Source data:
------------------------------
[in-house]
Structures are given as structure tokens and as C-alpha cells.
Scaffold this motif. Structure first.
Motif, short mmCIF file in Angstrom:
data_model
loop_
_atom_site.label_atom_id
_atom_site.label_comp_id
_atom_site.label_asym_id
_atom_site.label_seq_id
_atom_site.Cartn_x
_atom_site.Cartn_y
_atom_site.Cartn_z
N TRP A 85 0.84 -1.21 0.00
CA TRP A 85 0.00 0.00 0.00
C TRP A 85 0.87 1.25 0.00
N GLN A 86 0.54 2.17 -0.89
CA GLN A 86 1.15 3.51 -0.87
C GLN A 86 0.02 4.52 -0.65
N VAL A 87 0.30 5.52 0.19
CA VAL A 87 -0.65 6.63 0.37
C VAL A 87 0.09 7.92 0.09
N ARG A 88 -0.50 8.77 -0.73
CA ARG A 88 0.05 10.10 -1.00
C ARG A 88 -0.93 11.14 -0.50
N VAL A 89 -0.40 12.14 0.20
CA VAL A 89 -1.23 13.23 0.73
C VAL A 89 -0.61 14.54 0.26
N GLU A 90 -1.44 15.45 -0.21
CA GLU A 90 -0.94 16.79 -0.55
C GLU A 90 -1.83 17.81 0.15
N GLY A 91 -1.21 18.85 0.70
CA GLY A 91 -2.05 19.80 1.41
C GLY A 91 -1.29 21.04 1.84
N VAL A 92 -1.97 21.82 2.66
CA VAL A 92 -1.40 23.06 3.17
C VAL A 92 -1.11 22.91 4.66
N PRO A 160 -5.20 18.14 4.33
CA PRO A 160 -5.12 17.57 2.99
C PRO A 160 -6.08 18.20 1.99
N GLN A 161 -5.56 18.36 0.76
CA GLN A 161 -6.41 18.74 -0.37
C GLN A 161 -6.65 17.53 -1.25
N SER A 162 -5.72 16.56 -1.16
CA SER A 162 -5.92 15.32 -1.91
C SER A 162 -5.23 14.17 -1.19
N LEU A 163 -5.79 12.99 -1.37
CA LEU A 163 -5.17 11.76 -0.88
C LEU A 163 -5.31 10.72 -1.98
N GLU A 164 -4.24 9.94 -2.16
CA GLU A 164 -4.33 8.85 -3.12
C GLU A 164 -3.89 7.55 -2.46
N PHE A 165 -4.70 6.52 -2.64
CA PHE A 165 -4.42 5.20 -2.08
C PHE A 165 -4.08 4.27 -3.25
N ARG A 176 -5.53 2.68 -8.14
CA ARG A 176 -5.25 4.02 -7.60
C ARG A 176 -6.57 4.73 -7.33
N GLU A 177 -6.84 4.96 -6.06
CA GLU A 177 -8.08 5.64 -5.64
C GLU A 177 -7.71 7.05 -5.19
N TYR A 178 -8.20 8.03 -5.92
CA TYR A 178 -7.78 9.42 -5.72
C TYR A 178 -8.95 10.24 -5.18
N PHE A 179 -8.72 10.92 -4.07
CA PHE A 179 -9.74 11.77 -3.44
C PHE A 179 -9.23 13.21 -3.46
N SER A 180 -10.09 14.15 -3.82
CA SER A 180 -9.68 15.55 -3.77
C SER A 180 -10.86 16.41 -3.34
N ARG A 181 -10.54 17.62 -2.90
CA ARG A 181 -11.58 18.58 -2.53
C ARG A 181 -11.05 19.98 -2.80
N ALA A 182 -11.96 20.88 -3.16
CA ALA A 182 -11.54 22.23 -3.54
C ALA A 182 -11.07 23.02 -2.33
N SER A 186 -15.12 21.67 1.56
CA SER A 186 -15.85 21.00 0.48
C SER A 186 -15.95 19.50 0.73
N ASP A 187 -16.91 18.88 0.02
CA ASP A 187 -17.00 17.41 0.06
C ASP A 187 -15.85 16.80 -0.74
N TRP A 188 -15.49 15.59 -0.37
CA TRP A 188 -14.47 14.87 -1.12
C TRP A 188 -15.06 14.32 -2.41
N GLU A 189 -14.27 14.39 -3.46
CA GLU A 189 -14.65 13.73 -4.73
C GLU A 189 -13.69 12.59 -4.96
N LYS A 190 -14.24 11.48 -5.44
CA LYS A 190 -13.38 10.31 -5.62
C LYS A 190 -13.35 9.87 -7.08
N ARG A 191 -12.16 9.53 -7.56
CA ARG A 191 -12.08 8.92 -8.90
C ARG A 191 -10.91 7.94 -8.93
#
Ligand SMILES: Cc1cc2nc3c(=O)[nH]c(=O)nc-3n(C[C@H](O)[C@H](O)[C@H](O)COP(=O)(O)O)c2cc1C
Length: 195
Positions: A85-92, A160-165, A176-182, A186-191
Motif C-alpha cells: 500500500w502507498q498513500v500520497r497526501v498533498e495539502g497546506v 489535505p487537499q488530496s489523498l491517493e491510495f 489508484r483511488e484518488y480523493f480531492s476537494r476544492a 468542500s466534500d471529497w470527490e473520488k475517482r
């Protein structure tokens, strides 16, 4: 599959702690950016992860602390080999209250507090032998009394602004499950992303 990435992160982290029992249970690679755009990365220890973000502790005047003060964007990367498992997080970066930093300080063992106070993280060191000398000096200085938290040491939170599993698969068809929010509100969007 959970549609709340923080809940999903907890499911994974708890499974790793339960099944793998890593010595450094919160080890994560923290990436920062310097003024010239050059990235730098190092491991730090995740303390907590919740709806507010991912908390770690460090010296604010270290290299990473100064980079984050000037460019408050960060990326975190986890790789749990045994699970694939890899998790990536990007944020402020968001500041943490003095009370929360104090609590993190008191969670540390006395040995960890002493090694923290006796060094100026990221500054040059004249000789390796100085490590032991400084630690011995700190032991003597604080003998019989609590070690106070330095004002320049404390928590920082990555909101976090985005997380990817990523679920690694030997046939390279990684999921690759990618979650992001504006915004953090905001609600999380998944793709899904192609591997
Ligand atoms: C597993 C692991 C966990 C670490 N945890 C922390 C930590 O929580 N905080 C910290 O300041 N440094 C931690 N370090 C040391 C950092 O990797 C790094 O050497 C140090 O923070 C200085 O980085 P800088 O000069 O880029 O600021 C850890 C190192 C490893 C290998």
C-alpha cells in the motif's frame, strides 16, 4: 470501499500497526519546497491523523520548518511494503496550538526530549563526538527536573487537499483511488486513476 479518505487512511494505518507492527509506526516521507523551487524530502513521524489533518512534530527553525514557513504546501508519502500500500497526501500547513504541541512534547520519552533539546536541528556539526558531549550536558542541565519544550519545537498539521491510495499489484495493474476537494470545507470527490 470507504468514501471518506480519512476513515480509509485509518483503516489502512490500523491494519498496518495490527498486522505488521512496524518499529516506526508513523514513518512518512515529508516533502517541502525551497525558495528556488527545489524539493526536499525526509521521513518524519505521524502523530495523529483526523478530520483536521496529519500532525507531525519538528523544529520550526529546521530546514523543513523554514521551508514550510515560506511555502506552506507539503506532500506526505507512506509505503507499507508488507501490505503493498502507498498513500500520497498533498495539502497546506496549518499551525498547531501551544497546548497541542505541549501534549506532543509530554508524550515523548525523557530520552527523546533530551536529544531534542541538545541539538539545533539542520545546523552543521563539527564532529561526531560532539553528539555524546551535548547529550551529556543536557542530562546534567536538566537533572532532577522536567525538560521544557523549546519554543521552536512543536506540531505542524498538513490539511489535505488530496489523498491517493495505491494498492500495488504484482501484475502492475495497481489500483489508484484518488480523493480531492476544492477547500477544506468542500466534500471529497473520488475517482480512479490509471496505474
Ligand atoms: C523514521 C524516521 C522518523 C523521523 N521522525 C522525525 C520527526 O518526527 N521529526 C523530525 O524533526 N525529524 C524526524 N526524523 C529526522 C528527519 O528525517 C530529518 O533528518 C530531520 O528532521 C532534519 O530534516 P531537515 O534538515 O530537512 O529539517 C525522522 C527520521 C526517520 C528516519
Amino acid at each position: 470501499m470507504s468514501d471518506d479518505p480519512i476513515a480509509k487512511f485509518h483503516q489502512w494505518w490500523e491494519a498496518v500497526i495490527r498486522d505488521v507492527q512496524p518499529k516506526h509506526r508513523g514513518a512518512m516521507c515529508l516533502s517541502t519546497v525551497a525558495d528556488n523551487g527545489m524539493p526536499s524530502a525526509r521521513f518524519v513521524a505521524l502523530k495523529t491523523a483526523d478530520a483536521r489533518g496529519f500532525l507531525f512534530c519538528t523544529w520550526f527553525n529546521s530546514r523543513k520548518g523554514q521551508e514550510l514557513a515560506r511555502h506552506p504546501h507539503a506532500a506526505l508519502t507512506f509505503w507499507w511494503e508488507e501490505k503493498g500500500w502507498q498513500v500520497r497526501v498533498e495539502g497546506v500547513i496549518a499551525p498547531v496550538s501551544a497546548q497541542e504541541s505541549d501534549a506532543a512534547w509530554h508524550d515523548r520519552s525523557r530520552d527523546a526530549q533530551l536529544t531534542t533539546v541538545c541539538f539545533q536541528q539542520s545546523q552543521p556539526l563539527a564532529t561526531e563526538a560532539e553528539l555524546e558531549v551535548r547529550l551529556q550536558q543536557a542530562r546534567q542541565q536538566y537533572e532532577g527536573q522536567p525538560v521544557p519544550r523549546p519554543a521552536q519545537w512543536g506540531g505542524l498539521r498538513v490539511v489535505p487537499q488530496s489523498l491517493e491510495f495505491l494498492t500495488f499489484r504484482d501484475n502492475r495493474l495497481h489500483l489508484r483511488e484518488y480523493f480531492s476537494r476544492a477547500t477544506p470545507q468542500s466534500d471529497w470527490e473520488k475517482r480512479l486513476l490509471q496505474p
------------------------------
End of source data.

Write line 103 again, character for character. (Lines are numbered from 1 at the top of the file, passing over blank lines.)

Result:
Ligand atoms: C523514521 C524516521 C522518523 C523521523 N521522525 C522525525 C520527526 O518526527 N521529526 C523530525 O524533526 N525529524 C524526524 N526524523 C529526522 C528527519 O528525517 C530529518 O533528518 C530531520 O528532521 C532534519 O530534516 P531537515 O534538515 O530537512 O529539517 C525522522 C527520521 C526517520 C528516519